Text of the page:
April 26, 2017

Envision Athens Attendees Set Priorities for the Community

City Dope

Photo Credit: Austin Steele/file

Athens-Clarke County Commissioner Sharyn Dickerson leads an Envision Workshop in February.

Why won’t Athens realize its full potential and become the best community that people want it to be? A lack of coordinated leadership and a lack of dedicated funding.

Those were the reasons a majority of respondents picked during Thursday night’s Envision Athens Community Summit at the Classic Center. The summit was an interactive meeting, held by consultants from planning NEXT as part of the $244,500 Envision Athens process, which will continue into the summer and fall.

“The key is to trust the process,” planning NEXT’s Jamie Greene told participants. “There are no hidden agendas.”

Begun in October 2016, the process is designed to envision a future for the community and create “an achievable strategy” document that guides Athens’ economic and community development for the next 20 years. County officials also hope to use the results in updating the county’s comprehensive planning documents.

The 225 or so participants at Thursday night’s gathering ranked several goals for improving Athens that have emerged in other Envision Athens sessions. Some participants have been in Athens for as little as two weeks, while others are Athens natives now working professional jobs. The goals were gleaned from 3,700 comments offered by 600 people during the public meetings and focus groups, and online, over the past few months. Participants at the Community Summit heard some of the community assessment research the consultants shared. The full assessment can be found at

Some of the information is widely known, but some isn’t. Athens Clarke County has a 36.7 percent poverty rate that falls to 28.4 percent without UGA students. The number of families with children is decreasing, while the number of those 65 and older is increasing. The number of multi-family housing units exceeds single-family housing units. In the last 10 years, roughly 2,000 manufacturing jobs have disappeared, and 2,000 in health care and social assistance have been added. Half of the population is 26 or younger. Between 2000–2015, the county added 7,000 residents, and it’s likely to continue its steady growth.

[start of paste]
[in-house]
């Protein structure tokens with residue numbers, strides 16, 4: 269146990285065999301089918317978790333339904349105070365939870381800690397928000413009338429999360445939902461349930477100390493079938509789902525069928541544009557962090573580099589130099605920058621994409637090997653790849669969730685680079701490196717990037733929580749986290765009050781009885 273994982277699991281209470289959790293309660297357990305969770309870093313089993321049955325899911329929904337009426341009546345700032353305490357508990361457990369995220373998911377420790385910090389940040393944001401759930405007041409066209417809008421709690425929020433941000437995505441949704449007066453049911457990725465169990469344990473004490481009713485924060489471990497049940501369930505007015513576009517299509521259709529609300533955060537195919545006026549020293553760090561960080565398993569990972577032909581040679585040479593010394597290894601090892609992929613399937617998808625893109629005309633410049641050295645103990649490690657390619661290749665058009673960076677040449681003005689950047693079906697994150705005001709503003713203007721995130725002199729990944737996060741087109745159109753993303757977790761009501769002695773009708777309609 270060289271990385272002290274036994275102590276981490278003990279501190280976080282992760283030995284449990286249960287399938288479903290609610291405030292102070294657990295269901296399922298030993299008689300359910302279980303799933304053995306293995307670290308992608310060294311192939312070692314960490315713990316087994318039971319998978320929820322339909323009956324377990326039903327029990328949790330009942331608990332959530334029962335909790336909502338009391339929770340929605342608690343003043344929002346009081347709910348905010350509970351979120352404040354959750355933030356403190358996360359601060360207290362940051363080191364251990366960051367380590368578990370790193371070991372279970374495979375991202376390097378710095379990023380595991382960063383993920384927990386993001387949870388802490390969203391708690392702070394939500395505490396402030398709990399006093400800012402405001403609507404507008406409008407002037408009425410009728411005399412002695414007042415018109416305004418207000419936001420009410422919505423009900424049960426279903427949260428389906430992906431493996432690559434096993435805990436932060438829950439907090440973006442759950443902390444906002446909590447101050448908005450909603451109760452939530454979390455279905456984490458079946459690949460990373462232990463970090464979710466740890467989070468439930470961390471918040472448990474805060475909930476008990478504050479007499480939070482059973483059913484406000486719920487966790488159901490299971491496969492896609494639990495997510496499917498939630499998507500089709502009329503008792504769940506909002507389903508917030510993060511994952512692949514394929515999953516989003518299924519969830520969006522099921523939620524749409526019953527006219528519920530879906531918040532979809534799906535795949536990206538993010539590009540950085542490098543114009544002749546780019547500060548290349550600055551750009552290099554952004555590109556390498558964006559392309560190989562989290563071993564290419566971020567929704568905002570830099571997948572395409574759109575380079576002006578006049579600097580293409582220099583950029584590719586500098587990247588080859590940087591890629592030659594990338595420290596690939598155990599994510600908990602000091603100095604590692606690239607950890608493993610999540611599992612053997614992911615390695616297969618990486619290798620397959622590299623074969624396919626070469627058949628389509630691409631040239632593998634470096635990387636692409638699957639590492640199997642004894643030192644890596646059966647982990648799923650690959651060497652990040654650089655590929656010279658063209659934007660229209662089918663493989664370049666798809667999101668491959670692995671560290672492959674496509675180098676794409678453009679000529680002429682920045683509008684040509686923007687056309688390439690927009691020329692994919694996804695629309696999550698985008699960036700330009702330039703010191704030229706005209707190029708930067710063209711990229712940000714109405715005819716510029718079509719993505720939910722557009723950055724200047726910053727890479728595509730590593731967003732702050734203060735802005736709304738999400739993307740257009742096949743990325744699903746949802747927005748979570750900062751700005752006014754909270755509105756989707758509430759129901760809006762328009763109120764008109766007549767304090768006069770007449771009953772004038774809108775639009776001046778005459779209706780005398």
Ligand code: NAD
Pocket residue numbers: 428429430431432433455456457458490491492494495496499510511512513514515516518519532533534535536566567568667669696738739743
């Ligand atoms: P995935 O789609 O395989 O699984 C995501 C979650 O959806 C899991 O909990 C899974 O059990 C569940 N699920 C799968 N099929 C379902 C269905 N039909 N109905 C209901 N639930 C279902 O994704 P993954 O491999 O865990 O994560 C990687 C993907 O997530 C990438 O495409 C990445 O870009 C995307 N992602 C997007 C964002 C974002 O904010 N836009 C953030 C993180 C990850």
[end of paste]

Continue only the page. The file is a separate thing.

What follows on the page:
Attendees used their cell phones or tablets to participate in a live poll, ranking various topics as important or not. How important is a vibrant arts scene? What about the unique character and value of all of Athens’ neighborhoods? Should we protect agricultural land? Is public education important? What about improving transportation choices, including transit, biking and walking? Is there support for having diverse housing options for residents?

How could anyone but a Grinch dismiss any of these topics?

The consultants wanted to assess the level of support among the participants for various topics cited by earlier participants. It’s as if a yard has been sodded, seeded and weeded, then mowed with a high blade, and now it’s being mowed again with a much lower one until, finally, we’ll have a perfect putting green.

Come June, there will be a Community Choices Workshop. Stay tuned.